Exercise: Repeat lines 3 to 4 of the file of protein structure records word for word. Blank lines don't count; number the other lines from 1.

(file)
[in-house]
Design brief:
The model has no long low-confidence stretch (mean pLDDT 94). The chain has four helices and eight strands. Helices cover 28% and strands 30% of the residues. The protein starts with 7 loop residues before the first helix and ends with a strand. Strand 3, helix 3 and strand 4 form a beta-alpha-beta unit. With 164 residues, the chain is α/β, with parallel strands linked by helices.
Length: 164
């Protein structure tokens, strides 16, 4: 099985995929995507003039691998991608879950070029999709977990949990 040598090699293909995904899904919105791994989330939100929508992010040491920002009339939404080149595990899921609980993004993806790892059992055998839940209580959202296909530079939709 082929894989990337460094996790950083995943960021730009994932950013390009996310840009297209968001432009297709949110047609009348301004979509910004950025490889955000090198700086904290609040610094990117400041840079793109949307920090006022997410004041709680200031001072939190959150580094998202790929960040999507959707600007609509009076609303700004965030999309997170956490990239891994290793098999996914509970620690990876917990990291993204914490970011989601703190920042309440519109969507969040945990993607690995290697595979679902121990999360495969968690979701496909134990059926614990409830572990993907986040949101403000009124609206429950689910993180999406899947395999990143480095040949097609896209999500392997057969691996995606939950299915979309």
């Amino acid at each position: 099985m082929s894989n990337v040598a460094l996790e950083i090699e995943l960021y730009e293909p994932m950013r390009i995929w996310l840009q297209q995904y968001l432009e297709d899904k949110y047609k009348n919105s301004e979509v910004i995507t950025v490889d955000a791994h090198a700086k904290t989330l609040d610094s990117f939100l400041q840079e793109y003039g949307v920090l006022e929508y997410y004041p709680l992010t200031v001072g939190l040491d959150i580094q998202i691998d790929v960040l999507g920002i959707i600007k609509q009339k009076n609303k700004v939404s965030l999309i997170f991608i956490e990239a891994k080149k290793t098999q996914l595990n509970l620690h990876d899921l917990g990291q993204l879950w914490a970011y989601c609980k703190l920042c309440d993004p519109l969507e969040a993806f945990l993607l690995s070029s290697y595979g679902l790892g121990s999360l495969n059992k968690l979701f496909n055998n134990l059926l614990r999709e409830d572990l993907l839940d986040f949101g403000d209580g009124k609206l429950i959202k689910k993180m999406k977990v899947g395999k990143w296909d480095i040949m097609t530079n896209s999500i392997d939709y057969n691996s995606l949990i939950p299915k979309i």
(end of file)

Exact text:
The model has no long low-confidence stretch (mean pLDDT 94). The chain has four helices and eight strands. Helices cover 28% and strands 30% of the residues. The protein starts with 7 loop residues before the first helix and ends with a strand. Strand 3, helix 3 and strand 4 form a beta-alpha-beta unit. With 164 residues, the chain is α/β, with parallel strands linked by helices.
Length: 164